BEIJING- A Chinese man threw a rare official spotlight on the country’s Internet controls when he sued a state-owned telecom operator for denying him access to US search engine Google, documents and reports showed Friday.

Authorities in China impose strict limits on the Internet, censoring domestic content and blocking foreign websites such as Facebook, Twitter and YouTube using a system known as the ‘Great Firewall’. Google partially withdrew from mainland China in 2010 and moved its servers to Hong Kong after a fallout with Chinese officialdom.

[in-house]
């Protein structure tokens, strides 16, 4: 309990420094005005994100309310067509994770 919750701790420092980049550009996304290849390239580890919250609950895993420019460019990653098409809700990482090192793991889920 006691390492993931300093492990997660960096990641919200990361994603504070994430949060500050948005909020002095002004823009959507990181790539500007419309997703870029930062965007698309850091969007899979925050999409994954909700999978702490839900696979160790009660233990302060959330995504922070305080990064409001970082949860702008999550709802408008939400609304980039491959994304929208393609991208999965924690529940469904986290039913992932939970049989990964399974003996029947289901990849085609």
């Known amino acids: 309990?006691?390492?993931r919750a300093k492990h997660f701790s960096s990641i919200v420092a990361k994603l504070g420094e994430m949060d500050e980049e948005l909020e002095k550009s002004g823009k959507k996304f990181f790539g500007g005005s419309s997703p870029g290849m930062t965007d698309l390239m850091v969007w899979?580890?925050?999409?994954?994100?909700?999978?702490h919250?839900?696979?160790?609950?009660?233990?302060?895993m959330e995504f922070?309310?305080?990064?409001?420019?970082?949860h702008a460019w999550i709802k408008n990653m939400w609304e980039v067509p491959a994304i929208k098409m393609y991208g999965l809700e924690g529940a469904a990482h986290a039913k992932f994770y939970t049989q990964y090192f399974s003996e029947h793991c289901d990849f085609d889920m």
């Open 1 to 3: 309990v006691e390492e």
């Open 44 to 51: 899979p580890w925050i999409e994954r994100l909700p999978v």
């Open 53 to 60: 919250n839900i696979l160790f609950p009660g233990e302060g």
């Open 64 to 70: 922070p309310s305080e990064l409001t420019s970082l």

Access to its services has been blocked or disrupted since shortly before June’s 25th anniversary of the Tiananmen Square crackdown.

Wang Long, who describes himself as a ‘law worker’, sued China Unicom over his lack of access to Google at the Futian People’s Court in the southern boom town of Shenzhen, which neighbours Hong Kong. The hearing took place on Thursday, a document on the city’s official litigation service website showed.